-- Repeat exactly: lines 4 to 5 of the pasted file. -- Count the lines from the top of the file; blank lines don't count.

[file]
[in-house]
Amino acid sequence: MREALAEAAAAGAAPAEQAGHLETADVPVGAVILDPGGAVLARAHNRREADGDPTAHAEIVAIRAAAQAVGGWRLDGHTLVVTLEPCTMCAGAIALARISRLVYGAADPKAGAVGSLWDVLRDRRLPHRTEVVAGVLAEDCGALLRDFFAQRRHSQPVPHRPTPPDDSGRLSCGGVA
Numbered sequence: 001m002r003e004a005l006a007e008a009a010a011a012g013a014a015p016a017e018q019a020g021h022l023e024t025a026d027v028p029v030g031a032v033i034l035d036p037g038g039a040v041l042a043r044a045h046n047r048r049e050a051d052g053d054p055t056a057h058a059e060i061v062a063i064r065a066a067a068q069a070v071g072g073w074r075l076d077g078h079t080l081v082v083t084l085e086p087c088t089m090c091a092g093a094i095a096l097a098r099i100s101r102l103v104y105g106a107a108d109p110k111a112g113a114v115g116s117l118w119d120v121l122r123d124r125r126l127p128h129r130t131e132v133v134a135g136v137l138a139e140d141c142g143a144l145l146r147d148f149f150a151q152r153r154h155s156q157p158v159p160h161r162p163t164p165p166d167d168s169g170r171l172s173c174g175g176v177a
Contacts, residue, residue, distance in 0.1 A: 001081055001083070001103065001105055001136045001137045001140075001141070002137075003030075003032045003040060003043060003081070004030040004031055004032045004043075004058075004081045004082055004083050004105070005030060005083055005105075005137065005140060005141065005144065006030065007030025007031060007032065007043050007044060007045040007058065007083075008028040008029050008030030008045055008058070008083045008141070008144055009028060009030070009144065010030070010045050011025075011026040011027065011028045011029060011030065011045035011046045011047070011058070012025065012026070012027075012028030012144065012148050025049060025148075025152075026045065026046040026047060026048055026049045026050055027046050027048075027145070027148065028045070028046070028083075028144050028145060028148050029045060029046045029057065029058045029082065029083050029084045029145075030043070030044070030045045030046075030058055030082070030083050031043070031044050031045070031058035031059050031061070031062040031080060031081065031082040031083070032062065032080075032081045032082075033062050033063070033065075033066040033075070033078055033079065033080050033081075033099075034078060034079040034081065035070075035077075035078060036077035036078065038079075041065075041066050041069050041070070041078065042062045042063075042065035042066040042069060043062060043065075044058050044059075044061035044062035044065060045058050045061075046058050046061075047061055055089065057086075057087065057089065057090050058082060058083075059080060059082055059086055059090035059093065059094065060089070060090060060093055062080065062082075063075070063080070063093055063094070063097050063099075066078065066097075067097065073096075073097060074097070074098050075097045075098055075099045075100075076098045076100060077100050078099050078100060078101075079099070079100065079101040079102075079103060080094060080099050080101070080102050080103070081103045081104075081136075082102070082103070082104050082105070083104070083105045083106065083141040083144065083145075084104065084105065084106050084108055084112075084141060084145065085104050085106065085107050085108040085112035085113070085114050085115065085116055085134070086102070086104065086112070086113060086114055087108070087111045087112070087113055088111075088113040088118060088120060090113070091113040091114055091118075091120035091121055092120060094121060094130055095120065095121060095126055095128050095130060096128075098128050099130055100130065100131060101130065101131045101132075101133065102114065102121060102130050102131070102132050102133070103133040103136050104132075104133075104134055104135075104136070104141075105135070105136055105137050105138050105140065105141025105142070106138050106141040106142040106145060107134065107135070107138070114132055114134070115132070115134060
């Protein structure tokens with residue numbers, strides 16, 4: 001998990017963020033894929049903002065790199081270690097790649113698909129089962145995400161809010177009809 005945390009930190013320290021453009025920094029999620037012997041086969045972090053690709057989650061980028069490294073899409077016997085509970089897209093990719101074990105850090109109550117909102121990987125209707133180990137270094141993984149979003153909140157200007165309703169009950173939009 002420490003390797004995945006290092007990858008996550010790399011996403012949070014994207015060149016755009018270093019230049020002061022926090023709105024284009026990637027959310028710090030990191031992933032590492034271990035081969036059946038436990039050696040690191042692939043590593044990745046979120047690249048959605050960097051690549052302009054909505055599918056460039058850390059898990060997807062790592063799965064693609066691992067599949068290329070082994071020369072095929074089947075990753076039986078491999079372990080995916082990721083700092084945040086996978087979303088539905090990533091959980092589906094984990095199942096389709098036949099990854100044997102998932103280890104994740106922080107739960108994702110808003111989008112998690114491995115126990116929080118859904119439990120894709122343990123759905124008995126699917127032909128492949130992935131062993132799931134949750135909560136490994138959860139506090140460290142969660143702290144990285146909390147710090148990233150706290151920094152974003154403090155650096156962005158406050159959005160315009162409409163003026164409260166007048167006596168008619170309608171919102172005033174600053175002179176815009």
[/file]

Contacts, residue, residue, distance in 0.1 A: 001081055001083070001103065001105055001136045001137045001140075001141070002137075003030075003032045003040060003043060003081070004030040004031055004032045004043075004058075004081045004082055004083050004105070005030060005083055005105075005137065005140060005141065005144065006030065007030025007031060007032065007043050007044060007045040007058065007083075008028040008029050008030030008045055008058070008083045008141070008144055009028060009030070009144065010030070010045050011025075011026040011027065011028045011029060011030065011045035011046045011047070011058070012025065012026070012027075012028030012144065012148050025049060025148075025152075026045065026046040026047060026048055026049045026050055027046050027048075027145070027148065028045070028046070028083075028144050028145060028148050029045060029046045029057065029058045029082065029083050029084045029145075030043070030044070030045045030046075030058055030082070030083050031043070031044050031045070031058035031059050031061070031062040031080060031081065031082040031083070032062065032080075032081045032082075033062050033063070033065075033066040033075070033078055033079065033080050033081075033099075034078060034079040034081065035070075035077075035078060036077035036078065038079075041065075041066050041069050041070070041078065042062045042063075042065035042066040042069060043062060043065075044058050044059075044061035044062035044065060045058050045061075046058050046061075047061055055089065057086075057087065057089065057090050058082060058083075059080060059082055059086055059090035059093065059094065060089070060090060060093055062080065062082075063075070063080070063093055063094070063097050063099075066078065066097075067097065073096075073097060074097070074098050075097045075098055075099045075100075076098045076100060077100050078099050078100060078101075079099070079100065079101040079102075079103060080094060080099050080101070080102050080103070081103045081104075081136075082102070082103070082104050082105070083104070083105045083106065083141040083144065083145075084104065084105065084106050084108055084112075084141060084145065085104050085106065085107050085108040085112035085113070085114050085115065085116055085134070086102070086104065086112070086113060086114055087108070087111045087112070087113055088111075088113040088118060088120060090113070091113040091114055091118075091120035091121055092120060094121060094130055095120065095121060095126055095128050095130060096128075098128050099130055100130065100131060101130065101131045101132075101133065102114065102121060102130050102131070102132050102133070103133040103136050104132075104133075104134055104135075104136070104141075105135070105136055105137050105138050105140065105141025105142070106138050106141040106142040106145060107134065107135070107138070114132055114134070115132070115134060
């Protein structure tokens with residue numbers, strides 16, 4: 001998990017963020033894929049903002065790199081270690097790649113698909129089962145995400161809010177009809 005945390009930190013320290021453009025920094029999620037012997041086969045972090053690709057989650061980028069490294073899409077016997085509970089897209093990719101074990105850090109109550117909102121990987125209707133180990137270094141993984149979003153909140157200007165309703169009950173939009 002420490003390797004995945006290092007990858008996550010790399011996403012949070014994207015060149016755009018270093019230049020002061022926090023709105024284009026990637027959310028710090030990191031992933032590492034271990035081969036059946038436990039050696040690191042692939043590593044990745046979120047690249048959605050960097051690549052302009054909505055599918056460039058850390059898990060997807062790592063799965064693609066691992067599949068290329070082994071020369072095929074089947075990753076039986078491999079372990080995916082990721083700092084945040086996978087979303088539905090990533091959980092589906094984990095199942096389709098036949099990854100044997102998932103280890104994740106922080107739960108994702110808003111989008112998690114491995115126990116929080118859904119439990120894709122343990123759905124008995126699917127032909128492949130992935131062993132799931134949750135909560136490994138959860139506090140460290142969660143702290144990285146909390147710090148990233150706290151920094152974003154403090155650096156962005158406050159959005160315009162409409163003026164409260166007048167006596168008619170309608171919102172005033174600053175002179176815009």